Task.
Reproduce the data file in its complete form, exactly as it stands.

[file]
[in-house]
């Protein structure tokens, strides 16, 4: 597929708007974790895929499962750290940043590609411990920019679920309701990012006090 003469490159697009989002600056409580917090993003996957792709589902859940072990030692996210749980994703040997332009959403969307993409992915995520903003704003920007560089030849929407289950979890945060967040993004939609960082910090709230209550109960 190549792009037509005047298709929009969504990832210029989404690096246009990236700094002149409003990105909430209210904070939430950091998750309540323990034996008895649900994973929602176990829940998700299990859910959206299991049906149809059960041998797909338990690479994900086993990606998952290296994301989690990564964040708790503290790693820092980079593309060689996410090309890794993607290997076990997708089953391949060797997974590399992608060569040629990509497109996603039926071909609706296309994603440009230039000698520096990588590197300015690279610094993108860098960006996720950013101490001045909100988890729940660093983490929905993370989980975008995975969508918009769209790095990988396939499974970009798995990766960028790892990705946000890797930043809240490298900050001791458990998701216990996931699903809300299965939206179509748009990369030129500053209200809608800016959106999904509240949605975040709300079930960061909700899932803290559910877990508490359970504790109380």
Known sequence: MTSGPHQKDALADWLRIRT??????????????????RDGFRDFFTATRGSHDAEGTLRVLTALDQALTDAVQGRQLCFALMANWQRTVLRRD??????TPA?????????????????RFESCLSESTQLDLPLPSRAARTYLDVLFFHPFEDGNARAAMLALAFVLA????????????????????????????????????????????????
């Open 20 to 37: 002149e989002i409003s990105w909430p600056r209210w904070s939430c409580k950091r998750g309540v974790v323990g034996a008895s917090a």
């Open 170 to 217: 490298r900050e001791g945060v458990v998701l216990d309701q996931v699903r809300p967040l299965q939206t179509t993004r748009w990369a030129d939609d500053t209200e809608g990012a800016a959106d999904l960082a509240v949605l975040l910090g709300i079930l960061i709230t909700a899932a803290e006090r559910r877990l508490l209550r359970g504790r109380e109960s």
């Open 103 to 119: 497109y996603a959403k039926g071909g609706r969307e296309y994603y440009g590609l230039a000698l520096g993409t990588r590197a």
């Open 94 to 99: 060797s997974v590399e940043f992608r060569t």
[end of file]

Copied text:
[in-house]
């Protein structure tokens, strides 16, 4: 597929708007974790895929499962750290940043590609411990920019679920309701990012006090 003469490159697009989002600056409580917090993003996957792709589902859940072990030692996210749980994703040997332009959403969307993409992915995520903003704003920007560089030849929407289950979890945060967040993004939609960082910090709230209550109960 190549792009037509005047298709929009969504990832210029989404690096246009990236700094002149409003990105909430209210904070939430950091998750309540323990034996008895649900994973929602176990829940998700299990859910959206299991049906149809059960041998797909338990690479994900086993990606998952290296994301989690990564964040708790503290790693820092980079593309060689996410090309890794993607290997076990997708089953391949060797997974590399992608060569040629990509497109996603039926071909609706296309994603440009230039000698520096990588590197300015690279610094993108860098960006996720950013101490001045909100988890729940660093983490929905993370989980975008995975969508918009769209790095990988396939499974970009798995990766960028790892990705946000890797930043809240490298900050001791458990998701216990996931699903809300299965939206179509748009990369030129500053209200809608800016959106999904509240949605975040709300079930960061909700899932803290559910877990508490359970504790109380």
Known sequence: MTSGPHQKDALADWLRIRT??????????????????RDGFRDFFTATRGSHDAEGTLRVLTALDQALTDAVQGRQLCFALMANWQRTVLRRD??????TPA?????????????????RFESCLSESTQLDLPLPSRAARTYLDVLFFHPFEDGNARAAMLALAFVLA????????????????????????????????????????????????
């Open 20 to 37: 002149e989002i409003s990105w909430p600056r209210w904070s939430c409580k950091r998750g309540v974790v323990g034996a008895s917090a």
């Open 170 to 217: 490298r900050e001791g945060v458990v998701l216990d309701q996931v699903r809300p967040l299965q939206t179509t993004r748009w990369a030129d939609d500053t209200e809608g990012a800016a959106d999904l960082a509240v949605l975040l910090g709300i079930l960061i709230t909700a899932a803290e006090r559910r877990l508490l209550r359970g504790r109380e109960s």
């Open 103 to 119: 497109y996603a959403k039926g071909g609706r969307e296309y994603y440009g590609l230039a000698l520096g993409t990588r590197a």
């Open 94 to 99: 060797s997974v590399e940043f992608r060569t």